Having attended Scotstoun Primary and Jordanhill School, he knows, even though he is only just 19, it is a once-in-a-lifetime opportunity to compete in a major Games in the city where he grew up.
Finding his way to a start-line that is almost on his doorstep may prove to be his longest journey. There are those ahead of him in the queue. David McNamee, based full-time with the British triathlon squad in Leeds is one, while Ritchie Nicholls also has a strong claim to a place. But there will be at least three places in the Scotland men's team for Glasgow and Austin has his sights set on capturing one of them.
The British junior champion, who studies Applied Mathematics at Stirling University in addition to training 30 to 35 hours a week in his sport, showed he can cut it at international level by winning a bronze medal last month in extreme heat at the Australian Olympic Youth Festival in Sydney. It made up for his disappointment at the World Junior Championships in New Zealand last autumn where he suffered a puncture on the bike ride and had to be content with a 28th-place finish. He wasn't though and that was clear in Australia.
"It was the hottest day on record," he says. "Our race started at 9.30am so it should have been milder but it was 35 degrees and, when I crossed the line at the end of the run, it was up to 40 degrees. I've struggled in the past with the heat as, obviously being in Scotland, it's not something you have to deal with too much. In 2012, I had a bad experience at a European competition but six months later I raced in Portugal when it was about 35 degrees and by then I knew what to do and was careful with my hydration. That race went well so I knew what to expect in Australia although the last 2k was pretty hot.
"The event really came at the wrong time for me as it was in the middle of my winter training. From around October to March is when you do endurance stuff and it's not race specific. To go from doing all that work into a race is difficult because you are not sharp.
"I was really fit going into it but not race-fit and, in the last kilometre, I just didn't have that extra gear but hopefully, come April/May, I will.
"However, getting a bronze medal like that just builds confidence."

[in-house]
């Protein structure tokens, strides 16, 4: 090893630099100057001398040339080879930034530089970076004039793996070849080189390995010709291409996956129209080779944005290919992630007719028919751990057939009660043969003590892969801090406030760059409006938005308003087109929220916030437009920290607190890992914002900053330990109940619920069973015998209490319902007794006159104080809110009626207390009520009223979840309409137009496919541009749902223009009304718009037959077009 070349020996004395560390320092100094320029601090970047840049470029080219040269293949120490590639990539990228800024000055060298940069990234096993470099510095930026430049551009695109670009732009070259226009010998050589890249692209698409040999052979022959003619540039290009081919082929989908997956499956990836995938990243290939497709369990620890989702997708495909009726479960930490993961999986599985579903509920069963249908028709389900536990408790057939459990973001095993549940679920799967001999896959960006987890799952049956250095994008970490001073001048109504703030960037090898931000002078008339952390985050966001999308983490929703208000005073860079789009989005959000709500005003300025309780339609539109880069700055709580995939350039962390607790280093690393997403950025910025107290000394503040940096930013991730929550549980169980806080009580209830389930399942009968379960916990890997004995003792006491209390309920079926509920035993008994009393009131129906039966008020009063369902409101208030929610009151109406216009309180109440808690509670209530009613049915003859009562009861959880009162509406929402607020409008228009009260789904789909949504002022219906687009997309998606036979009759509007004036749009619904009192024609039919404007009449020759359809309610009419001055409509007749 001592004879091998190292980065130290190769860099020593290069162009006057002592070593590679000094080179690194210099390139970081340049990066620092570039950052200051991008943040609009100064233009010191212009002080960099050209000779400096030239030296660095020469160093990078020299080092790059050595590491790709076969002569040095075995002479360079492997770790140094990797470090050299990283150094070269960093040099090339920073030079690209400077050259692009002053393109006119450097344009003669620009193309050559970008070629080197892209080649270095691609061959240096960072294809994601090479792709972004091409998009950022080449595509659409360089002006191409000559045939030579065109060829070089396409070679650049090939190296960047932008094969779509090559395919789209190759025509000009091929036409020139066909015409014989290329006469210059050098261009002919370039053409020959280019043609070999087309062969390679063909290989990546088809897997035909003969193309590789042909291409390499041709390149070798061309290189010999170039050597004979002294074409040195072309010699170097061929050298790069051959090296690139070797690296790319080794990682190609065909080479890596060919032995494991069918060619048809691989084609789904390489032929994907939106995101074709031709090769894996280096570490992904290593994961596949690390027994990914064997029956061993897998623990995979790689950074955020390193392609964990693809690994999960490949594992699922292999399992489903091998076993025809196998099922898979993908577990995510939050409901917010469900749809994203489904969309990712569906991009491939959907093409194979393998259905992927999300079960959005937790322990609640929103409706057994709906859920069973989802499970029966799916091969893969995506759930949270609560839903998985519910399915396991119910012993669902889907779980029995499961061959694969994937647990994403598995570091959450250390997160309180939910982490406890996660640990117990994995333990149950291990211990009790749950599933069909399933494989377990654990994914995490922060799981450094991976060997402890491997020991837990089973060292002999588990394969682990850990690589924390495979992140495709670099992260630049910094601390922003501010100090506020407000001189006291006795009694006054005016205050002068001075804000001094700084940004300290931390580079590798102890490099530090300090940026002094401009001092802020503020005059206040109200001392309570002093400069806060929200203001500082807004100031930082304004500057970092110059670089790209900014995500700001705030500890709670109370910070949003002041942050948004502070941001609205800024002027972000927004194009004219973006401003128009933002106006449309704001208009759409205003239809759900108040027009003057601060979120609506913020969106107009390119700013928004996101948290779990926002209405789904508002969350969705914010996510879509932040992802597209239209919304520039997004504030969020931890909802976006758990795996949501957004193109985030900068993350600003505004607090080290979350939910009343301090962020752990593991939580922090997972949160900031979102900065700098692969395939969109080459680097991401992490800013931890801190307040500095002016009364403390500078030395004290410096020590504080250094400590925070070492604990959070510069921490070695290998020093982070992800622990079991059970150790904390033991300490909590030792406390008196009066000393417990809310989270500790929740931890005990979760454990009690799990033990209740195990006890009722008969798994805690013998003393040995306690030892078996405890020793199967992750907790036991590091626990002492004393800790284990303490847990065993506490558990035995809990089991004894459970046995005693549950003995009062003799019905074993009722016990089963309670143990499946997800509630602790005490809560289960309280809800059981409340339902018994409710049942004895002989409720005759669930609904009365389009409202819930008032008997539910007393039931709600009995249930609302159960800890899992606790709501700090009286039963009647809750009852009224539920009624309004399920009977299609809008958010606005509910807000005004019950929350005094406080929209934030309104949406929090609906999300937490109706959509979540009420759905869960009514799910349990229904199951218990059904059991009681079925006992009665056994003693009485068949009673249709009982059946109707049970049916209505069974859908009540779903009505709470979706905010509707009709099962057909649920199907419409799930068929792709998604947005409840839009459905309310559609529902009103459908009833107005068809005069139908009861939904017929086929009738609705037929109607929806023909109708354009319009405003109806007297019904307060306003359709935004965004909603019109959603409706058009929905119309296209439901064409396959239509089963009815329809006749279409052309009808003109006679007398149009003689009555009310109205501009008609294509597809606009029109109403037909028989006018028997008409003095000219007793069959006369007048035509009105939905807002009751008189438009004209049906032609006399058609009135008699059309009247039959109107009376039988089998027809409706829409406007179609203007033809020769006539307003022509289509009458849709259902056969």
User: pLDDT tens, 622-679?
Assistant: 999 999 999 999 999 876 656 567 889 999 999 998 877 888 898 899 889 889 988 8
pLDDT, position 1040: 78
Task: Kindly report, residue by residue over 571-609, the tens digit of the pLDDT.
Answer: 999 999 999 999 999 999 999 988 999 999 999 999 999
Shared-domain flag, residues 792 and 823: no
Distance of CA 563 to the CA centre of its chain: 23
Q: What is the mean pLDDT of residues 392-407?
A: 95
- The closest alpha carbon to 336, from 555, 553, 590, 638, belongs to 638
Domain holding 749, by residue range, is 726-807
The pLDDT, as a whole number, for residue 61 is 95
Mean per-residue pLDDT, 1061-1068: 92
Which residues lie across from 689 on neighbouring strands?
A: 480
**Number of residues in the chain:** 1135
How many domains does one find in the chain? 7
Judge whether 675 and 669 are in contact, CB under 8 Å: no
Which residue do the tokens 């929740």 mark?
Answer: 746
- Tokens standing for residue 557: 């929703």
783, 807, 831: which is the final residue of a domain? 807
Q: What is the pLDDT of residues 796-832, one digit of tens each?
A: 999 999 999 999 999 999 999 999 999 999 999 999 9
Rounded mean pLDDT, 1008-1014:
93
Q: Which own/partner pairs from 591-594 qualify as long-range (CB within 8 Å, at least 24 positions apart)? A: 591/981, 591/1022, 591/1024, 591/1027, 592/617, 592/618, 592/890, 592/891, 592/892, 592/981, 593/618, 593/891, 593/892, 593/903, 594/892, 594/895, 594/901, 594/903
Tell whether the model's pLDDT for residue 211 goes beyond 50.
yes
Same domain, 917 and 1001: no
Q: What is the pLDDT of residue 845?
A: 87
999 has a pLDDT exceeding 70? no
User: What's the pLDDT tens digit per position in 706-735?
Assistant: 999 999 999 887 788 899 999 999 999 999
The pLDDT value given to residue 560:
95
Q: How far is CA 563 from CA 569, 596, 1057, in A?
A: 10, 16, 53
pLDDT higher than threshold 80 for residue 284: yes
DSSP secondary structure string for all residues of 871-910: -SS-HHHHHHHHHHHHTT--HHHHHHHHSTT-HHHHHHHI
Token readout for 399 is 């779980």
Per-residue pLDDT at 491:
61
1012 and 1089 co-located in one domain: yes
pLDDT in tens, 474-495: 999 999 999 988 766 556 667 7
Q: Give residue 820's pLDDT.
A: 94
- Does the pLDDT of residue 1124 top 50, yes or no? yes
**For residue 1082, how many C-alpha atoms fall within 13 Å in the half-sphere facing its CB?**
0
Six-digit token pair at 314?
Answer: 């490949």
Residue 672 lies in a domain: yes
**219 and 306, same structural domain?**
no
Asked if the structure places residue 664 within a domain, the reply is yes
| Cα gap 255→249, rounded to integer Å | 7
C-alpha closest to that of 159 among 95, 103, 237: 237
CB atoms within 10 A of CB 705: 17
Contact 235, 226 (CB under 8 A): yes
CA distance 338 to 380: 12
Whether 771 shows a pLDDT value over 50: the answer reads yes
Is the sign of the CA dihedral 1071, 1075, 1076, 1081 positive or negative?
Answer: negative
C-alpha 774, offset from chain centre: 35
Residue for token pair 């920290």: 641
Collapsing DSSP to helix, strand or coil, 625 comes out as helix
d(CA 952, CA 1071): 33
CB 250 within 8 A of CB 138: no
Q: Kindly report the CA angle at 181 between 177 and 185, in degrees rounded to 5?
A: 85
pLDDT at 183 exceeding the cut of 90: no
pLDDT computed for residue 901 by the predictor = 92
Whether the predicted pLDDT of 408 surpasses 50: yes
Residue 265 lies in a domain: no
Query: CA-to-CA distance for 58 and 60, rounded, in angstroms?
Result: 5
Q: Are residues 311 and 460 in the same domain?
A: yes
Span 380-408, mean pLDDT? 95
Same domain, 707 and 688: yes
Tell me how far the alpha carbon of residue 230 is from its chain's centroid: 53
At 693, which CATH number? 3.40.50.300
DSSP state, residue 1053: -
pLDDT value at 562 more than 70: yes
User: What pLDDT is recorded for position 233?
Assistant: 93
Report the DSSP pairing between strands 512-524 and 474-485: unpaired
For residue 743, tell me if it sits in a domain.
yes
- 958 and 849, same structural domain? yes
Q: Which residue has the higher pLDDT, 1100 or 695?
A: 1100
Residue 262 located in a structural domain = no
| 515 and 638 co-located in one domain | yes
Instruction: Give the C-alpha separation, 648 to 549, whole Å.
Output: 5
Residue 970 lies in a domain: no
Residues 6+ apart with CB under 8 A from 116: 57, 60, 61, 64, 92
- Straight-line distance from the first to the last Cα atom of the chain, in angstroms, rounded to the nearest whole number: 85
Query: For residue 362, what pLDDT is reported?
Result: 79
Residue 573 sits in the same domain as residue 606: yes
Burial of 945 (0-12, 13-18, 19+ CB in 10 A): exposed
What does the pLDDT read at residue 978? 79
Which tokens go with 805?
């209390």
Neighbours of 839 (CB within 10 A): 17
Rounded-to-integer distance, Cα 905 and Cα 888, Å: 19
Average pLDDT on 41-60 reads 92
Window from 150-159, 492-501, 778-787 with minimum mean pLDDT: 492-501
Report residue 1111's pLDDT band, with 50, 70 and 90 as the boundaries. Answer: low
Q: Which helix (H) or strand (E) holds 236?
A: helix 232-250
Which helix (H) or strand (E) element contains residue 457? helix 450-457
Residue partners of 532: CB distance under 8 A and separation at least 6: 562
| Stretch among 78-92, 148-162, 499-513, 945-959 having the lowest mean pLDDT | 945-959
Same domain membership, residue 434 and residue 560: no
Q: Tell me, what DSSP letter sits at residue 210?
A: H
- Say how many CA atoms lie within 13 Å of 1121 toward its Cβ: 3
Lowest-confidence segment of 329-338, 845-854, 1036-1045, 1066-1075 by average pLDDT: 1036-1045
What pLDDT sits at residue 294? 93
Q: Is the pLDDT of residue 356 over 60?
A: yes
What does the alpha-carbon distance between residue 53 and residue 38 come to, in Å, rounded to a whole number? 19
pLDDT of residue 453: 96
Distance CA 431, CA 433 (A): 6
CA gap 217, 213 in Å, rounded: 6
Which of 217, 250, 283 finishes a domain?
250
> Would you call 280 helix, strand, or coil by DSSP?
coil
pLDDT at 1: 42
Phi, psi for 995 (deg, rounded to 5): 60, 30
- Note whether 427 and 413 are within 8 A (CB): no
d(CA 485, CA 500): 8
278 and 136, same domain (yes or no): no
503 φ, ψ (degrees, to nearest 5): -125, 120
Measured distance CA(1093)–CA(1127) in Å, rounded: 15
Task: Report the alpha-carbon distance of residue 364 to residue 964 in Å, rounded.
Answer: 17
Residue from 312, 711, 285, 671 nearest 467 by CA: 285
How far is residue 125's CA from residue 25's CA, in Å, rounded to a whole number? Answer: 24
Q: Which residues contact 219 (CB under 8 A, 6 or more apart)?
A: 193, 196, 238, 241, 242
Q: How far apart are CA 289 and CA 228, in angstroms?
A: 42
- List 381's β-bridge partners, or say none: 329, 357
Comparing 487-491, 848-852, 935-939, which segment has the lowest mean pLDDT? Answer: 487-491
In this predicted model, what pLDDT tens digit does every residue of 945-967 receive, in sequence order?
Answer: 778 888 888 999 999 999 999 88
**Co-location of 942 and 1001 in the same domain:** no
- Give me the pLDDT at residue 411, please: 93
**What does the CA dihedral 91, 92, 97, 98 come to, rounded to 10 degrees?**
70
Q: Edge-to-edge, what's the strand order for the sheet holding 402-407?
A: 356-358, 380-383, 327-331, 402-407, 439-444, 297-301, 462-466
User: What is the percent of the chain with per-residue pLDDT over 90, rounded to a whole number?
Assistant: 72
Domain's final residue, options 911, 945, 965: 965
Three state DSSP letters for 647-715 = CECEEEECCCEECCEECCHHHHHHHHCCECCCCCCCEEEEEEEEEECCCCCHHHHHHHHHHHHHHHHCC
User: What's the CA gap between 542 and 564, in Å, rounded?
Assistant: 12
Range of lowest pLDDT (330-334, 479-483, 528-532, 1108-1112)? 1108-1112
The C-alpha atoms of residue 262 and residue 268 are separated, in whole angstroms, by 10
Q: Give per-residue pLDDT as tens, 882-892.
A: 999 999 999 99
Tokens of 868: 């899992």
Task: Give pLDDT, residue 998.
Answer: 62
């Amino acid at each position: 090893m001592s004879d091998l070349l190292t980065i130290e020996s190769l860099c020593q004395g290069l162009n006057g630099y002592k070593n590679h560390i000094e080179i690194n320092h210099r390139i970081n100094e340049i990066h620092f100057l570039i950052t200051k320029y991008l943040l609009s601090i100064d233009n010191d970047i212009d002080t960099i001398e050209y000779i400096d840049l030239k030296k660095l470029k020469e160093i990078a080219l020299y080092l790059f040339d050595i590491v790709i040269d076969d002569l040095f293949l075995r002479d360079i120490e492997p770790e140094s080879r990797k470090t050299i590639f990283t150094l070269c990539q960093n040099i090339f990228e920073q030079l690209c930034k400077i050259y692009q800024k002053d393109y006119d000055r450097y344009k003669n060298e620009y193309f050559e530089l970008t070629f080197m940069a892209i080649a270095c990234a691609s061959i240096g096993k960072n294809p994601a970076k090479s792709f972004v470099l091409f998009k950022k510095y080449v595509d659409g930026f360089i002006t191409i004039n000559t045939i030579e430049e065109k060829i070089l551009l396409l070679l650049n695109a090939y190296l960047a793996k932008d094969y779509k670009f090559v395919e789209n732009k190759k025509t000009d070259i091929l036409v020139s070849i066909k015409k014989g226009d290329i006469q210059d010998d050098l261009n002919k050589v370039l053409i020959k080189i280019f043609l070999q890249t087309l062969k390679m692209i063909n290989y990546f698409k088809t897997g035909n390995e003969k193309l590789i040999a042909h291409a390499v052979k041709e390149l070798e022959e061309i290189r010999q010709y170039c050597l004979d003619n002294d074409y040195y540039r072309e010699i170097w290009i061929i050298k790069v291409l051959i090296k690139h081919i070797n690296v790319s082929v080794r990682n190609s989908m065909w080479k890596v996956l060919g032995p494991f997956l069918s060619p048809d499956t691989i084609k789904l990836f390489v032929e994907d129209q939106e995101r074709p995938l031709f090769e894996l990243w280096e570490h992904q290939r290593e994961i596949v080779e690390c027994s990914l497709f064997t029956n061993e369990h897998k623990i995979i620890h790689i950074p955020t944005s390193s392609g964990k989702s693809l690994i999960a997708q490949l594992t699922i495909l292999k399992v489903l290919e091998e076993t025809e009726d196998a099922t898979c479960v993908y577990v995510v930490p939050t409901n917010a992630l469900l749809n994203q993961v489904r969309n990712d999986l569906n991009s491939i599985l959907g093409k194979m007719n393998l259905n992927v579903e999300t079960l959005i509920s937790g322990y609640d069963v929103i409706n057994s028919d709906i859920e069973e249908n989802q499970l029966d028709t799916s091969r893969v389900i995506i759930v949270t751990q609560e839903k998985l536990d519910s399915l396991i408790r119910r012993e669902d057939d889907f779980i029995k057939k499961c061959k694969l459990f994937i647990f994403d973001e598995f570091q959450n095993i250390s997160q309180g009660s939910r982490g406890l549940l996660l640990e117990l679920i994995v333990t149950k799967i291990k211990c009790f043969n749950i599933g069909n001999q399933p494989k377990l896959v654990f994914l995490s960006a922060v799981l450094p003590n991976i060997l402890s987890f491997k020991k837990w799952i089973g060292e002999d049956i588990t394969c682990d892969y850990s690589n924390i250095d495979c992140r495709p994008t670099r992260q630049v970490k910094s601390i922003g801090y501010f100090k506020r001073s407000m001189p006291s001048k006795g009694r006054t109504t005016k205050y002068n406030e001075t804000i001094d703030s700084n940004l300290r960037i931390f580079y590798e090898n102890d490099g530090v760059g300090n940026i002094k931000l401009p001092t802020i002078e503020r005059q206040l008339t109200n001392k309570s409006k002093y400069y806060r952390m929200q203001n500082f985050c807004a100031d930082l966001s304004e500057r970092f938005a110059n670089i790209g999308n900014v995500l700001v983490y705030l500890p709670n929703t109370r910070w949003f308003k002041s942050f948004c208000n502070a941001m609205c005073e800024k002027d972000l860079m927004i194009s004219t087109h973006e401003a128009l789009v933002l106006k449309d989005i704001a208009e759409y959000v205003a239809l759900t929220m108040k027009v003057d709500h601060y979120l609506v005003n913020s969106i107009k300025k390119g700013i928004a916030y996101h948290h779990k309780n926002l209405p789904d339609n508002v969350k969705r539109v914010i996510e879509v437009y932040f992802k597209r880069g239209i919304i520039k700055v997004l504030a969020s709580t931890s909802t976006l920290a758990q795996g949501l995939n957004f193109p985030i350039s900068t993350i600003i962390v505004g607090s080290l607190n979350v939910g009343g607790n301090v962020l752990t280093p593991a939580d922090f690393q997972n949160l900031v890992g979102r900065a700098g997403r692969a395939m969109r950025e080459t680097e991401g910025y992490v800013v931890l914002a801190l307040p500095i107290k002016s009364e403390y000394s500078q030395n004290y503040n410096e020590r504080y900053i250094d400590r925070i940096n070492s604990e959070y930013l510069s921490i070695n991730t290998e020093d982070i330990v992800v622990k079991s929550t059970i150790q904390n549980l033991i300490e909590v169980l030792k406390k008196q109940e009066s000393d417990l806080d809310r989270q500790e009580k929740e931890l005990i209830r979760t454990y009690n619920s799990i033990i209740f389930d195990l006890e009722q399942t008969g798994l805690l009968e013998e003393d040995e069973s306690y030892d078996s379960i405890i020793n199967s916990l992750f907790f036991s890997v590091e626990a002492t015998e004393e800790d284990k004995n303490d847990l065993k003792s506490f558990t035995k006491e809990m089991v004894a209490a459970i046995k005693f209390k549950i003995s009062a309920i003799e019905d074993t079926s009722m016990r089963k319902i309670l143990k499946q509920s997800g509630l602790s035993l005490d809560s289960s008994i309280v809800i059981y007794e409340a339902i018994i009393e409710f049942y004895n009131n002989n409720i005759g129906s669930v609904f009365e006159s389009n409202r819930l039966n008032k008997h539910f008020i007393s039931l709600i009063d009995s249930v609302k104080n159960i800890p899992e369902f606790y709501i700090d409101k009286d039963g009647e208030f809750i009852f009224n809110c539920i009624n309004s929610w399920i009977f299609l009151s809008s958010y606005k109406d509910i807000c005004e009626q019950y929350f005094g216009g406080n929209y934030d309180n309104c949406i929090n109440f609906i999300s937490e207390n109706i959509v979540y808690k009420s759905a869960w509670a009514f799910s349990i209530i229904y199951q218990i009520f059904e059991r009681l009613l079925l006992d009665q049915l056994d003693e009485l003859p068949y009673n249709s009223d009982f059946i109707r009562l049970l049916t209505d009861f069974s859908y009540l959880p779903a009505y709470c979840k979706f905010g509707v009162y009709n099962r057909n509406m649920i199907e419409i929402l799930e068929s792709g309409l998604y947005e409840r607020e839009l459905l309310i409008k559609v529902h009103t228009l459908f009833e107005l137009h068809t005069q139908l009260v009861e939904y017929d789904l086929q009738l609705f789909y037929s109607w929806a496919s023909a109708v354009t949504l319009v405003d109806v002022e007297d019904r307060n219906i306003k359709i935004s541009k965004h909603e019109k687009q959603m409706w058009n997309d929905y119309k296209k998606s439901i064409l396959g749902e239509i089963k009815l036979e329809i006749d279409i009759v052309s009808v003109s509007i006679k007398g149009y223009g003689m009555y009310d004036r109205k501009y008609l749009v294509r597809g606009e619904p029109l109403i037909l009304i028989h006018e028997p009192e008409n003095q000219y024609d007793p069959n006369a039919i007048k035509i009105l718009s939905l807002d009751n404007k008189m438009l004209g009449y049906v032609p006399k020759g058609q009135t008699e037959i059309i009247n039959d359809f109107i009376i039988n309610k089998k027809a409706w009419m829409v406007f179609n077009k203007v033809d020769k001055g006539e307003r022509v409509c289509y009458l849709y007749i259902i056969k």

Austin has just more than a year to convince the selectors he is worthy of a Commonwealth Games place and, having just returned from two weeks at a training camp in the south of Spain, the foundations are laid for a competitive season.
He has a European Cup competition in France in May which is the qualifying event for the European Championships in Alanya, Turkey, the following month. The main target is the World Junior Championships which will be held in London in August and that will be pivotal for Commonwealth selection. The event will take place at Hyde Park, a year after Yorkshire brothers Alistair and Jonathan Brownlee won Olympic gold and bronze respectively. Austin was a more than interested spectator.
"I was on a British training camp at the time and part of that was to go down and see the men's race," he says. "The Brownlee brothers have done a lot for British triathlon and it was fantastic to see them doing so well. They have shown me that the harder you train, the better you are. That's something that motivates me; you don't have to be super-talented but if you train hard, then you can do it.
"Obviously, a home world championship is a pretty big deal this year so it would be great to be involved in that. If I could win a medal there, it would put my name forward for Commonwealth Games selection. It wouldn't guarantee anything but if you can build on that and have a couple of good races in 2014, then you'd have a good chance of making the team. That's why the World Juniors is a big thing for me this year as it's part of that criteria.
"Apart from my time at Stirling University, I've lived in Glasgow my whole life. I'm proud to be from Glasgow and to compete there would be special. I notice when I go back that there is a buzz about the Games and a lot of building going on. There has been a load of stuff at the Emirates Arena and the velodrome and there is a lot of hype around it.
"It wouldn't be the end of the world if I didn't make it as I'm still young but it would be nice to go and not have the pressure. As a 20-year-old, I would be pretty young in the triathlon and I wouldn't really go with any expectation. I'd just go and race and enjoy the home crowd."